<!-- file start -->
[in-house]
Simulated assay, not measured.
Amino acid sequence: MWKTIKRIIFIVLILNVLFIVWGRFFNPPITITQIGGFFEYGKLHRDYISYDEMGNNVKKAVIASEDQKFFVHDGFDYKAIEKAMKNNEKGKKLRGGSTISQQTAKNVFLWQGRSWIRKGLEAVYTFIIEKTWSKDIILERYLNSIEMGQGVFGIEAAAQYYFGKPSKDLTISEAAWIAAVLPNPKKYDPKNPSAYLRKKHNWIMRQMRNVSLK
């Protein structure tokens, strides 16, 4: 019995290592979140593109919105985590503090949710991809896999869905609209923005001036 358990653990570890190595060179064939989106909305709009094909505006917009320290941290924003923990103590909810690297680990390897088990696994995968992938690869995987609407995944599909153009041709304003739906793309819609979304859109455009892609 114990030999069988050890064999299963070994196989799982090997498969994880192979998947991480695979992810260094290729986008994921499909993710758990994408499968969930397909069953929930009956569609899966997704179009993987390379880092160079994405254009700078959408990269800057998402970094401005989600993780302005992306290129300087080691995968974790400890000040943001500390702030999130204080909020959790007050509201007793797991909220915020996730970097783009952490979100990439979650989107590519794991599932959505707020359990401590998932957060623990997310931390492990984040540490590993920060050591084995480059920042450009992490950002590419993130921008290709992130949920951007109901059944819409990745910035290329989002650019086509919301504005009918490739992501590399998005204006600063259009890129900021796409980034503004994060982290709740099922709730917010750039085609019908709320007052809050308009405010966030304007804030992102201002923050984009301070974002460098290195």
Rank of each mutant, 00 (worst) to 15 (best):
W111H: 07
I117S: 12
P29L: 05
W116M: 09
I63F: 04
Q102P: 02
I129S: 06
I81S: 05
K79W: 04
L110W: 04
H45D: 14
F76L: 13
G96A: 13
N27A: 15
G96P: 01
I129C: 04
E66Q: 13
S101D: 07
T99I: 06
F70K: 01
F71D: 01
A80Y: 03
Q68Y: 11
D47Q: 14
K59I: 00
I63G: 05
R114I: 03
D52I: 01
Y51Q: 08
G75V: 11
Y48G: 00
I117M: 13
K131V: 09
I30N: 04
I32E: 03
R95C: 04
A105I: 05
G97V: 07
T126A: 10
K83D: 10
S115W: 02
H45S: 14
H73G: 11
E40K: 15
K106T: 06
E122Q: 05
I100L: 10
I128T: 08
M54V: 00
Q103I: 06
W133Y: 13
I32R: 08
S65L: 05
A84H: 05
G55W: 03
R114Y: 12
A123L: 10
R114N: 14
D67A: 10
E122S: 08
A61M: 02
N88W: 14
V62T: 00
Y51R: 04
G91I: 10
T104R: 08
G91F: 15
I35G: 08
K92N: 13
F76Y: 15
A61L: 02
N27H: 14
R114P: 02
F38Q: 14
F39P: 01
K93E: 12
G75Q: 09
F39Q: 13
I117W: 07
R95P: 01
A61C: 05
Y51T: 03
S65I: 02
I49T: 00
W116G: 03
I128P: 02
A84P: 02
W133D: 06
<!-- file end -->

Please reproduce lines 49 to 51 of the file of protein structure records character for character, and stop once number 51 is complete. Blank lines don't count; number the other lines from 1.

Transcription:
E40K: 15
K106T: 06
E122Q: 05